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January 2 2023

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Page 52 of 131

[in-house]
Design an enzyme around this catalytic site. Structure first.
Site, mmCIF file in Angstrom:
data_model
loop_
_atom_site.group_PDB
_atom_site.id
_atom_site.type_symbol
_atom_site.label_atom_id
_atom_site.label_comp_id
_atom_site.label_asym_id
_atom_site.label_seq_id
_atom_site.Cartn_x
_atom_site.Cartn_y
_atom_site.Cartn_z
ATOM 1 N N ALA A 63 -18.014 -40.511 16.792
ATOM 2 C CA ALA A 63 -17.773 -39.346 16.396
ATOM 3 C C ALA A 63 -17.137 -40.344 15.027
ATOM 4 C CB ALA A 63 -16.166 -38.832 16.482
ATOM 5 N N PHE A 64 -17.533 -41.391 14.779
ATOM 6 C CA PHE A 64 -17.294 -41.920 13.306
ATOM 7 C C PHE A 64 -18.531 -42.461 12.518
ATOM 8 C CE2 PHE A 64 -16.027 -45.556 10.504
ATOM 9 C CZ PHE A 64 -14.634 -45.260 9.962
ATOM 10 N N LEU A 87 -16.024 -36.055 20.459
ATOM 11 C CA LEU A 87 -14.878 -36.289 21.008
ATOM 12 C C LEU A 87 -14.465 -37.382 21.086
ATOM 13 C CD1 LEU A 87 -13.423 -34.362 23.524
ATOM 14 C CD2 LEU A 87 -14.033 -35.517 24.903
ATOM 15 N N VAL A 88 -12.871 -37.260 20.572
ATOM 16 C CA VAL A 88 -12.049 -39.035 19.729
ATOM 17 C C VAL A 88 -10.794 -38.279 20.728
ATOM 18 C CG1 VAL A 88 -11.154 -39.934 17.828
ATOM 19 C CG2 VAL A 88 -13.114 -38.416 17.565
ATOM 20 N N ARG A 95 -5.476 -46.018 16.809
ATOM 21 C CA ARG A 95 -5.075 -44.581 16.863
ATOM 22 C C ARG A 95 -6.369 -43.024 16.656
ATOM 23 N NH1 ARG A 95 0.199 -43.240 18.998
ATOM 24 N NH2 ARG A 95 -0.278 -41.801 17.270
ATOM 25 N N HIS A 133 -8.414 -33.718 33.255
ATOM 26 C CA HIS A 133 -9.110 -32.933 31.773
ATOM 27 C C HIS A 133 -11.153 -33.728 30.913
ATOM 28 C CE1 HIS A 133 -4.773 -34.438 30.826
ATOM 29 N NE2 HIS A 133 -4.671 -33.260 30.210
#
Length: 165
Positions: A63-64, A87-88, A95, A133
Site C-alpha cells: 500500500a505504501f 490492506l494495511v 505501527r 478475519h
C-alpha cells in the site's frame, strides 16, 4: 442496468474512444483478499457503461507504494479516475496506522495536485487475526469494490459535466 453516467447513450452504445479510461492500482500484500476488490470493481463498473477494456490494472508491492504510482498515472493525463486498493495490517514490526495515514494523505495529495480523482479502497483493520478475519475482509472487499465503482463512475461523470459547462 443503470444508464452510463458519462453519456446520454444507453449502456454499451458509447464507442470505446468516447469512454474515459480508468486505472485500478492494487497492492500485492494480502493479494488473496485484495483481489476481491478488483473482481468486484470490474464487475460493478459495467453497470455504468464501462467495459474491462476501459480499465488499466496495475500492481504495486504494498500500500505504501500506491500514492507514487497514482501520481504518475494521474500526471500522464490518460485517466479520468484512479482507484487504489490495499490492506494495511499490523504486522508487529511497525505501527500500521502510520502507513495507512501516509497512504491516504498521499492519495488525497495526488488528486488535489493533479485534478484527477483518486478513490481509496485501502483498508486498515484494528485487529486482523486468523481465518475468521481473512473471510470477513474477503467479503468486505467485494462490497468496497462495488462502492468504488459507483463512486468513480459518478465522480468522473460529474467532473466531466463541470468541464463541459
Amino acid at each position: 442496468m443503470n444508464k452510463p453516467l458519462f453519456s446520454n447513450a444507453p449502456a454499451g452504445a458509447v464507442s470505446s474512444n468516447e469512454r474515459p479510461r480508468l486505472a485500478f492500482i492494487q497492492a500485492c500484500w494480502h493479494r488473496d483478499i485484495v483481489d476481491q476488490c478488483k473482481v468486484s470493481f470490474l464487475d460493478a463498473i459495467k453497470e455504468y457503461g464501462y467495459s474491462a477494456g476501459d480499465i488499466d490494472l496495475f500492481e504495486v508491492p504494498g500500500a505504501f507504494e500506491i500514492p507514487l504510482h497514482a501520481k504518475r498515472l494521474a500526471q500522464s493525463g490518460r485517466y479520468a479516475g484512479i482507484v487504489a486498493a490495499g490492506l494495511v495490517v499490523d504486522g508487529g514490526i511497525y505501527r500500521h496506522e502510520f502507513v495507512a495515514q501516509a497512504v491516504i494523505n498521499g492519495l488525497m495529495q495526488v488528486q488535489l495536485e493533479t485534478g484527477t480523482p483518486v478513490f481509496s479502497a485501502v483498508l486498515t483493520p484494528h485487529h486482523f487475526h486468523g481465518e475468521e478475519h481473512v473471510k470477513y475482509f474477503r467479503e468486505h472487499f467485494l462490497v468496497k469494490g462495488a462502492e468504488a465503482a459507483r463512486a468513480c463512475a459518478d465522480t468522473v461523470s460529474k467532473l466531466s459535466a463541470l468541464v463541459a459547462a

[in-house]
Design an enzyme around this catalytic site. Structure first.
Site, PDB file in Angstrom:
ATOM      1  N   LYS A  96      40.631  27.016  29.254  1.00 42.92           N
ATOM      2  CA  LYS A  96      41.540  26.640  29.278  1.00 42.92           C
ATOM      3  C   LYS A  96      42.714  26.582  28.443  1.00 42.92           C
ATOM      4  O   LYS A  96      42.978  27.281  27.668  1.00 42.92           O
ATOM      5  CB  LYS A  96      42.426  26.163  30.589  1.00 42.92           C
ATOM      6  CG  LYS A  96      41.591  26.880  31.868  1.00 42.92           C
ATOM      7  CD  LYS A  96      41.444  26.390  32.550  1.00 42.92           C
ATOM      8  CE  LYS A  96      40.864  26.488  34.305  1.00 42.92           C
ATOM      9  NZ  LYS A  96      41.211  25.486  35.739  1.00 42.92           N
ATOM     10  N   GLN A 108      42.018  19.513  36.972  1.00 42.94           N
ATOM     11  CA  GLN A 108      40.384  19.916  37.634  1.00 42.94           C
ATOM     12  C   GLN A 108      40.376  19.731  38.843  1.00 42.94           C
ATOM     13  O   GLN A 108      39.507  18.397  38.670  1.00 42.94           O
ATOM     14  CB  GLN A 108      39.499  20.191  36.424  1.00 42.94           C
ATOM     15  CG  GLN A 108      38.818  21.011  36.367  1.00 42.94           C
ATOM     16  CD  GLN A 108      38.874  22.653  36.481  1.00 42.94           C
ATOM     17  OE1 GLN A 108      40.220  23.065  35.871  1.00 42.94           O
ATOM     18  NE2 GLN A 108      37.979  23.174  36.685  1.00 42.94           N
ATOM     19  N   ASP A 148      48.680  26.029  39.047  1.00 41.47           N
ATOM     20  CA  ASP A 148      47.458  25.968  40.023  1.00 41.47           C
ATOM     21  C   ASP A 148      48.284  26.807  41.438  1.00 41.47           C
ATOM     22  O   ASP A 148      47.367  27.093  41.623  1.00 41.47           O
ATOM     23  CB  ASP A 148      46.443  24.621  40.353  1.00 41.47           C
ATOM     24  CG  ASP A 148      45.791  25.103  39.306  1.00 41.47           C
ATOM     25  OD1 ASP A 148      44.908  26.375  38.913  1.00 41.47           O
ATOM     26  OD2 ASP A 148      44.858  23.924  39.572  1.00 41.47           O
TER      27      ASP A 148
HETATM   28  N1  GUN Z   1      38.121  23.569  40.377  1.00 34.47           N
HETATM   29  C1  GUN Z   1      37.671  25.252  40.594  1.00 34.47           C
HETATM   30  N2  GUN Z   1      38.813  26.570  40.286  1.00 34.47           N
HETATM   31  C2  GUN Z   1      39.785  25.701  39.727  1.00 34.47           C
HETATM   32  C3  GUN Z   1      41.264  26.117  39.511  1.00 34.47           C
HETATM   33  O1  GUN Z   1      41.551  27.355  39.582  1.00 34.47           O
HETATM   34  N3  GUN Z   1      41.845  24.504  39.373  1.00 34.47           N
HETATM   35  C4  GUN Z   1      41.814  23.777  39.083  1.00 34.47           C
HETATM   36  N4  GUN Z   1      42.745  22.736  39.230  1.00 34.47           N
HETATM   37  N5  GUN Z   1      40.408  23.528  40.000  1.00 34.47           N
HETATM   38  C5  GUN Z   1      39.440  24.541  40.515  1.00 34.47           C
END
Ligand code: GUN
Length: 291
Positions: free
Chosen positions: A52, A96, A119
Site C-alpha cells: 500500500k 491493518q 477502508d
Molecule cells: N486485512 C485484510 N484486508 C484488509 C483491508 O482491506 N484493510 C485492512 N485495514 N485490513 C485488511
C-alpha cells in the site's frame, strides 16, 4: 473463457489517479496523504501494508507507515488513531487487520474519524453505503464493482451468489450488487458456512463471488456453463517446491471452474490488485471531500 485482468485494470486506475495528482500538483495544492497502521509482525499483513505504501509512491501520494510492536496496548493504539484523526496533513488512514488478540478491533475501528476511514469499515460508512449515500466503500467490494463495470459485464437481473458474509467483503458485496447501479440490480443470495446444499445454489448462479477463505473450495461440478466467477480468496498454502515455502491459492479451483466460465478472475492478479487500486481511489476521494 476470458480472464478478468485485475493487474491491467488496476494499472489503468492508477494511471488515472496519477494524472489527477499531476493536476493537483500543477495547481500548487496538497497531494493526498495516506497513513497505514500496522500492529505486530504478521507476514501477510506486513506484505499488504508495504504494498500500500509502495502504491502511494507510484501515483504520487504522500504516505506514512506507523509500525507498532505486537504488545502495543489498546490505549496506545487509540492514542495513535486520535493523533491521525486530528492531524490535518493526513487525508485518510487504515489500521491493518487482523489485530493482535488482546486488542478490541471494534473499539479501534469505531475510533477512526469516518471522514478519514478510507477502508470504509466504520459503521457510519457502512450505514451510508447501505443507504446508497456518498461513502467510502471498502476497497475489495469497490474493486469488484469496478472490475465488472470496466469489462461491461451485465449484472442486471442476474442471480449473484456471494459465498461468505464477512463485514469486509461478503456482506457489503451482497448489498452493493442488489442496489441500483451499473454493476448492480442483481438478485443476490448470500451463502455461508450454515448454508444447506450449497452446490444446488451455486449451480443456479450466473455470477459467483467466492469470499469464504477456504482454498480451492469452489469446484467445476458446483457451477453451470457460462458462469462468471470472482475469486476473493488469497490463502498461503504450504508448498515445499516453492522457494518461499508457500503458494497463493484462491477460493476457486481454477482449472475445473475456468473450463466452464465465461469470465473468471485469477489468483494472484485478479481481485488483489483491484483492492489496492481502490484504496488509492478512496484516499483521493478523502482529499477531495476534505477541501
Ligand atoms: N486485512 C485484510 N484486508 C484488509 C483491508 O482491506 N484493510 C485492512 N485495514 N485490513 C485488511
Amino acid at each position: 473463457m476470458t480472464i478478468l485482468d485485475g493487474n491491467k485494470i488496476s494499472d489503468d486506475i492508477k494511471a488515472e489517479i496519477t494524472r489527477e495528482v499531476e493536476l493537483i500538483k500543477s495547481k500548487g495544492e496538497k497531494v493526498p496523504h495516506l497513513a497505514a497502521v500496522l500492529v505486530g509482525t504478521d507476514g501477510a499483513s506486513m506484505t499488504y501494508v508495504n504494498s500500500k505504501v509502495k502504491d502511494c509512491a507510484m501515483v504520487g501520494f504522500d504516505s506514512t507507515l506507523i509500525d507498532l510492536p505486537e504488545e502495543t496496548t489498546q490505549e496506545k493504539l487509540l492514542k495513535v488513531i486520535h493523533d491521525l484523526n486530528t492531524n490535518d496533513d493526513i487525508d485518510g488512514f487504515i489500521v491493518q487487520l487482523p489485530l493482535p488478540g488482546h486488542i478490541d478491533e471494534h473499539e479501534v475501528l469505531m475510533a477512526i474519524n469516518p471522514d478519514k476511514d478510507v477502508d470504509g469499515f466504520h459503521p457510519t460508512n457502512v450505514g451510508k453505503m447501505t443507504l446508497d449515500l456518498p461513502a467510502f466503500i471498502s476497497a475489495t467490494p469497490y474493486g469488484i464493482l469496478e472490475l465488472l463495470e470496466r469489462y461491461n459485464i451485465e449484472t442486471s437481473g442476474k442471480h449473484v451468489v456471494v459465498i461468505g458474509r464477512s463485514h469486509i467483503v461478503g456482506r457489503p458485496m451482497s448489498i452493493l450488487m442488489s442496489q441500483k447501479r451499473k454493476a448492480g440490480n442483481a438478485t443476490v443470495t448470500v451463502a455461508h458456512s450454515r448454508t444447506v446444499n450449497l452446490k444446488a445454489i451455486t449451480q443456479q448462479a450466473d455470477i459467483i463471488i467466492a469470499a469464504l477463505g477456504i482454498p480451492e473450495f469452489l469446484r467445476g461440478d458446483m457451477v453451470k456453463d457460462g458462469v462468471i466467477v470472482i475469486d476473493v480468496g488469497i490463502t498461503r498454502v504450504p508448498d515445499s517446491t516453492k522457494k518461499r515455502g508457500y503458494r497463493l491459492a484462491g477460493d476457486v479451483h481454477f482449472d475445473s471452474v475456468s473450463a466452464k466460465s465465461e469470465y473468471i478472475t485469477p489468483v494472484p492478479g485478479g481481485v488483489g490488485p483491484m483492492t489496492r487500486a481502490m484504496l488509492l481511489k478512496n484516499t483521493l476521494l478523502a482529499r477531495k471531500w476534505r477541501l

Januar y 2, 2023 | Journal of Commerce 51 EXECUTIVE COMMENTARY 2023 ANNUAL REVIEW & OUTLOOK Maritime partnering to promote cleaner, more environmentally friendly operations in our harbors. Through strong partnerships, we are building world- class infrastructure, enhancing freight movement, and facilitating trade relationships that support the growth and strength of our nation's economy. Port Canaveral Capt. John Murray Port Director and CEO As the world continues to recover from the global pandemic, shippers have faced varying challenges caused by supply chain shortages and port congestion. The goal of assur - edly moving product from factory to consumer in ways that improve delivery time and costs has driven a shift toward diversification of spe- cialized containerized shipping methods to expedite the movement of goods from point of departure to point of use. Port Canaveral is a major East Coast port with a long history of handling a broad mix of bulk and breakbulk cargoes, including petroleum products, fertilizer, juice concentrate, lumber and building materials, aggregates, and other commodities. Cargo through - put numbers at the port have been steadily increasing year over year, hitting new high volumes of tonnage in the last fiscal year (2022). Consumer demand in Florida and throughout the southeastern US remains strong for primary materials used in roadway and railway building and residential and commercial construction: prod - ucts such as crushed granite, slag, plywood, and lumber, in addition to imported frozen and refrigerated produce and, most recently, canned vegetables. Availability or lack thereof of specialized containers such as reef - ers has prompted the increasing use of multi-purpose ships, including Additionally, this connected- ness has invited new collaboration that is leading to a stronger sup- ply chain of the future. Supply chain stakeholders in Seattle and Tacoma are working together to add needed flexibility and resiliency to their operations with a greater willingness to share data across the transportation system. We've put an emphasis on strategic IT investments to improve supply chain visibility, and our new online appointment system is poised to improve both operational efficiency and local environmental impacts. Looking forward, reducing the carbon footprint of the supply chain will grow as a priority, and the NWSA remains dedicated to invest - ing in sustainability efforts and than the sacrifices made over the years of those who have built the industry. Work-life balance has taken top priority, which I don't see changing. The supply chain needs to adapt to the workforce, because the workforce will have other options in other industries. At the same time, the industry needs to do a better job competing for talent by educating students on supply chain options from a young age as a viable long-term career. A qualified, skilled labor pool will be the key to continued growth in our industry. Northwest Seaport Alliance John Wolfe CEO After two years of roll- ing supply chain chal- lenges, cargo tides have continued to evolve in 2022. For The Northwest Seaport Alliance (NWSA), 2022 has been a year of prioritizing strategic invest - ments and boosting resilience to scale port operations to meet the demands of the shipping industry. High import demand in 2020 and 2021 drove our gateway and partners to expand services, offering off-dock staging facilities and inland rail hubs to support export cargo movement and respond to increased volumes. In 2022, consumer demand waned and congestion at other points of the supply chain caused downstream effects, requiring the need to be nimble to respond to monthly fluc - tuations in cargo volumes. The pandemic exposed the interconnections across the supply chain, which serves as both a vulner- ability and a strength of the system. Challenges surfacing at one point of the supply chain have quickly rippled across the system, yet this has led to an important recognition for the need of a national freight strategy. The attention given to port infrastructure and transportation investments has never been greater. Ocean Network Express (ONE) Takashi Masuda President The last two and a half years of work- ing through the pandemic and supply chain challenges have taught us a lot. I believe one of the positives is that the future outlook for the container shipping industry remains strong and the demand for container shipping services will continue to grow. However, in order to meet the challenges of catering to the continued growth, we need to get smarter and more efficient as an industry. When there are limited physical assets or space, the only way to achieve this is through collabora - tion among the stakeholders. This is not something completely innovative, but just getting back to basics and doing things right. As we faced supply chain issues, one observation I made was that we need to look at many of our past practices and revisit them. Some tradi- tional industry practices that influence how we service our customers do not take into account all of the changes we are facing in today's environ- ment — this is applicable throughout the entire supply chain. Therefore, I think it would help if we revisited these practices and tried to improve upon them. The first step would be to identify any misunderstandings amongst parties regarding the execution of mov- ing containers. I am hopeful that the industry can continue to work together to build a stronger North American infrastructure to support future growth demand for the transportation of containers. "Some traditional industry practices that influence how we service our customers do not take into account all of the changes we are facing in today's environment." ◀ "The attention given to port infrastructure and transportation investments has never been greater." John Wolfe ▶ "Availability or lack thereof of specialized containers such as reefers has prompted the increasing use of multi-purpose ships." Capt. John Murray